D&D Classics: Q1 Queen of the Demonweb Pits (1E)
Wizards of the Coast

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Q1 Queen of the Demonweb Pits

How different things seem now from when you undertook the crushing of a few rebellious hill giants! What seemed a simple adventure has turned into a major expedition. Much time has passed since you discovered the conspiracy that led you to the frost giants, fire giants, and eventually to the long-forgotten Drow. Through your encounter with the dark elves, you have found the true source of the evil -- the demon queen Lolth!

This module is the exciting conclusion of a series of seven AD&D modules. It may be played on its own or as the climax of the "Giant" series (G1-G3) and the 'Drow' series (D1-D3). The first of a new series of other-planar adventures, this module includes several new monsters, maps of the Demonweb and lair of Lolth, and notes on eight alternate worlds, suitable for expansion and addition to existing AD&D campaigns.

For characters level 10 to 14.

Product History

Q1: "Queen of the Demonweb Pits" (1980), by David C. Sutherland III, was the seventh and final book in the GDQ sequence that TSR began publishing in 1978. It appeared in October 1980 under TSR's new full-color adventure trade dress. The next year, the original "Giants"-series and "Descent"-series adventures were brought up to the same standards in a series of three reprints, covering G1-3, D1-2, and D3.

The Official Story. As the seventh adventure in a path that ran through G1-3 (1978) and D1-3 (1978), most folks expected the finale to be by the same author -- which is to say Gary Gygax. Instead, Dave Sutherland was brought in to finish up Gygax's epic. In a preface to "Queen of the Demonweb," Gygax explained why: He said that "The Temple of Elemental Evil" (then also unfinished) had kept him from finishing Q1 because they were too similar in nature. He also praised Sutherland's work to the outer planes, saying that he'd personally chosen to put the adventure into Sutherland's "capable hands" and that the result was "a superior design" and "a fitting climax" (to the adventure path).

The Real Story. It turns out that Gygax was putting on a good face, and that Q1 was in fact produced against his express wishes, apparently at the insistence of Gygax's partner, Brian Blume. It would be the first outward sign of a division in the company that would lead to its takeover by Brian and his brother Kevin in 1982, and Gygax's subsequent exile to California (where he'd get the Dungeons & Dragons cartoon on the air).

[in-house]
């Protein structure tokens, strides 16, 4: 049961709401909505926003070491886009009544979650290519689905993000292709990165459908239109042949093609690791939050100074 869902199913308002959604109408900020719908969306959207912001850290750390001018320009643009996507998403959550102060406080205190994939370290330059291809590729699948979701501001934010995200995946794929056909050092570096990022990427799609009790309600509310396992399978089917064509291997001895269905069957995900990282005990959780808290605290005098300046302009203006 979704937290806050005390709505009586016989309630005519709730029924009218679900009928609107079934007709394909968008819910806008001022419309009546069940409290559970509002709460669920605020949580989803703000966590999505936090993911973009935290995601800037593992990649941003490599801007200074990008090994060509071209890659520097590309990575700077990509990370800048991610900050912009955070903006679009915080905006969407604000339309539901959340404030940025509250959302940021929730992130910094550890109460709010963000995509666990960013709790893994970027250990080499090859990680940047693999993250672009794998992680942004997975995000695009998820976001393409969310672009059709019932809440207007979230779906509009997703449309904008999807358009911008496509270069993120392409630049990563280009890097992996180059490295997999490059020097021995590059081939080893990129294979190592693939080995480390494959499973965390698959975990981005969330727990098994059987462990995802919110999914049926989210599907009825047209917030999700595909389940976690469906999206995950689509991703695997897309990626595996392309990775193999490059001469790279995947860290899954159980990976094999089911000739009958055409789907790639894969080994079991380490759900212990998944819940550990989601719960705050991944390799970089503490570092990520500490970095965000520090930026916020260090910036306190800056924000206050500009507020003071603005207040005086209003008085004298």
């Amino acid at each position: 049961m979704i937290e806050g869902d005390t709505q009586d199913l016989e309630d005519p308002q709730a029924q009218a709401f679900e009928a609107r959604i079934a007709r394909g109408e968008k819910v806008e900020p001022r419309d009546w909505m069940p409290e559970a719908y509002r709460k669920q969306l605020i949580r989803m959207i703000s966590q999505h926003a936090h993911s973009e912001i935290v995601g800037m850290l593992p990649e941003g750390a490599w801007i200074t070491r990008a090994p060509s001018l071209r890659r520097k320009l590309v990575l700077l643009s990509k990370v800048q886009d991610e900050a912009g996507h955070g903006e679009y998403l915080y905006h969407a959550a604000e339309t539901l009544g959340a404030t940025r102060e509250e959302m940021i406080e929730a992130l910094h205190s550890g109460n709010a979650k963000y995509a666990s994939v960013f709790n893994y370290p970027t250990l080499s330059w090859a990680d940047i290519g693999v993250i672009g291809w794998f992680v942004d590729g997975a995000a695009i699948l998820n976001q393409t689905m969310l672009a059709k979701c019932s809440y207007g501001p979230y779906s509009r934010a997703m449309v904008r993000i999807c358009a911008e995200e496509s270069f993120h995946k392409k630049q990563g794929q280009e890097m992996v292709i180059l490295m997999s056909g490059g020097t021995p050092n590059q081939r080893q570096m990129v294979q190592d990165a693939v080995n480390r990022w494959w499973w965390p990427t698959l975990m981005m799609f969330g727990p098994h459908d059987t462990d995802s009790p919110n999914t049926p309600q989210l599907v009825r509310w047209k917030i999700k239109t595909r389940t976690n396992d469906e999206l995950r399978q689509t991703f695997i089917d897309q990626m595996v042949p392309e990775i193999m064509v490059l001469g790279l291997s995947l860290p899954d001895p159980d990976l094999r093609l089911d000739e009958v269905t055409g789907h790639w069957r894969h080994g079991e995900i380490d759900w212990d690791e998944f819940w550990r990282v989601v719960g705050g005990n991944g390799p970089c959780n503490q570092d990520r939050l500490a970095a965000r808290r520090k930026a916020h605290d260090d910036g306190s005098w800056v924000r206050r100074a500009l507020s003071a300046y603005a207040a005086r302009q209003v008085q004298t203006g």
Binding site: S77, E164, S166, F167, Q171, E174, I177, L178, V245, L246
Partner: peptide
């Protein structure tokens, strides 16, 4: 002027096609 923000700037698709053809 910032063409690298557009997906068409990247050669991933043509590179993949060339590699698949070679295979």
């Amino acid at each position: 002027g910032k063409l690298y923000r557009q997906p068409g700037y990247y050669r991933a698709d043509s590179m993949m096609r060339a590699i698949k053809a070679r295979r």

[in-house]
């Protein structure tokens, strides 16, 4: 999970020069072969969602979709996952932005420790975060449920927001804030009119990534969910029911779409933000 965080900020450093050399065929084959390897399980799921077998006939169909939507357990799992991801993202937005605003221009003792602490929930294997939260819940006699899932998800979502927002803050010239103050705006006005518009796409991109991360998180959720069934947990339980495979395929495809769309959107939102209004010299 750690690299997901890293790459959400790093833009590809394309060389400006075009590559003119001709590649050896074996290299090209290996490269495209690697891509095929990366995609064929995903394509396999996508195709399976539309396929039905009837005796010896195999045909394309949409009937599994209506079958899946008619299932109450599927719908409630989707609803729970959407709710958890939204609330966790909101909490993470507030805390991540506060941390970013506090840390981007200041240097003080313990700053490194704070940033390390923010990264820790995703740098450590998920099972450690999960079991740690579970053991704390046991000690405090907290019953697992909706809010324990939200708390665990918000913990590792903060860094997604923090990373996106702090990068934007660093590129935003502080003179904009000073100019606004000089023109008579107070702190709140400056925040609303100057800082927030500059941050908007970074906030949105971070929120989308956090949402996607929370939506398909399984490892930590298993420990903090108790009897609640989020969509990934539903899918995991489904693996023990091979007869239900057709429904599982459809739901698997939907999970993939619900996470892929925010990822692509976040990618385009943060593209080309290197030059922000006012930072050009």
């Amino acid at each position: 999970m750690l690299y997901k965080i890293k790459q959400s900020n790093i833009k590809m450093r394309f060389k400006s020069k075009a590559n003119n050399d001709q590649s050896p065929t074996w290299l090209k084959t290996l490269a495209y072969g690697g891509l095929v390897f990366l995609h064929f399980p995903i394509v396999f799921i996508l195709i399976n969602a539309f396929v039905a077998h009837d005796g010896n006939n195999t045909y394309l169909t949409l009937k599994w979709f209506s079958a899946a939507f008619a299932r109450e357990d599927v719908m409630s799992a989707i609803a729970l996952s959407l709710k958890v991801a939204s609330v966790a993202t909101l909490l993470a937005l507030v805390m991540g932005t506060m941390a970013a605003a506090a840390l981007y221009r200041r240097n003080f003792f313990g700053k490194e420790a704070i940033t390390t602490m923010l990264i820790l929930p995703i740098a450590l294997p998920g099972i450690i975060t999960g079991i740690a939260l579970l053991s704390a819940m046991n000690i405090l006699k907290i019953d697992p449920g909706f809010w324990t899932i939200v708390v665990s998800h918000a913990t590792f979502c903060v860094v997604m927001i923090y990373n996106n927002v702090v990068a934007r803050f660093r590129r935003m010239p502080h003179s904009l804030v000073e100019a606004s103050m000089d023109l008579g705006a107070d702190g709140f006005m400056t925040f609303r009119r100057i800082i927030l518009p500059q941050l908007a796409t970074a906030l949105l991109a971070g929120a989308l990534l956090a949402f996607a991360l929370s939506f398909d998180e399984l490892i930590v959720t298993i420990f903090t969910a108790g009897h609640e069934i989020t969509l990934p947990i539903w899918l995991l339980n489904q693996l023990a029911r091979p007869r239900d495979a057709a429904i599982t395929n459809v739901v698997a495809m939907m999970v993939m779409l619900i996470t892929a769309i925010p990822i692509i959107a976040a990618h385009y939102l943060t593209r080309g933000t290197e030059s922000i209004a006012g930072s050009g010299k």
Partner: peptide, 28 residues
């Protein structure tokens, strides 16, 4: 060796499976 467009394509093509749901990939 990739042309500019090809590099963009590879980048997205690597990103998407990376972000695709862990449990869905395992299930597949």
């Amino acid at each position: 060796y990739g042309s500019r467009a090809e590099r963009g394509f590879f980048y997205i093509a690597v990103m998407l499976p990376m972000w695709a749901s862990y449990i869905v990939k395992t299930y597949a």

If you look closer at Q1, you can see the cracks - i.e., that it's not actually the sequel Gygax intended. A careful reading of the G- and D-series modules suggests that the villain of the piece was the Eilservs drow clan, who worshiped the Elder Elemental God. If anything, Lolth should have been an erstwhile ally for the player characters in a final adventure against the EEG, rather than a final foe.

Gygax said that the villain got changed after Sutherland discovered the "demonweb" pattern in a hand towel and talked Blume into making Lolth the Big Bad.

New Settings. The entire GDQ series rushes breathlessly through a series of settings that were very unique for D&D at the time. This final adventure's setting - the Demonweb within the Abyss - is the most unique of all. It's so different that are even special rules for how spells work there. The idea of a planar setting would pave the path for everything from the latter T1-4: "Temple of Elemental Evil" elemental nodes to Planescape and numerous other looks at the Outer Planes. It was a truly original innovation.

Killing Gods. The original D&D (1974) and AD&D (1977-1979) have a bit of a reputation for supporting Monty Haul-style games, in which players killed gods and controlled the welath and the fate of nations. That perception was helped along by the fact that Supplement IV: Gods, Demi-Gods & Heroes (1976) gave stats for gods as if they were just high-level monsters. However, the idea really gained traction here, where Lolth appears as a monster to be killed in room #32 of her spider ship. After that, it was pretty hard to tell players that they shouldn't be slaying deities - especially when the newest deity book, Deities & Demigods (1980), had appeared just months earlier and was once more full of statted gods.

New Monsters. The very iconic drider appear for the first time here, as does Lolth herself.

Future History. TSR rereleased the entire GDQ sequence a few years later in GDQ1-7: Queen of the Spiders (1987), a 128-page supermodule. Wizards massively expanded the setting in Expedition to the Demonweb Pits (2007) for 3e.

About the Creators. David C. Sutherland III was brought into TSR in 1976 as their first staff artist. "Queen of the Demonweb Pits" was his only D&D design, and his only solo design work other than the T?kumel related miniatures wargame, Legions of the Petal Throne (1977).

Adapted for Fantasy Grounds by: Shaun Sides

Requires: An active subscription or a one time purchase of a Fantasy Grounds Full or Ultimate license and the included 2E Compatible ruleset. Compatible with Fantasy Grounds Unity or Fantasy Grounds Classic

Dungeons & Dragons, its logo, and D&D, are trademarks of Wizards of the Coast LLC. Used with permission. All rights reserved.

Released on August 25, 2020

Designed for Fantasy Grounds version 3.3.7 and higher.



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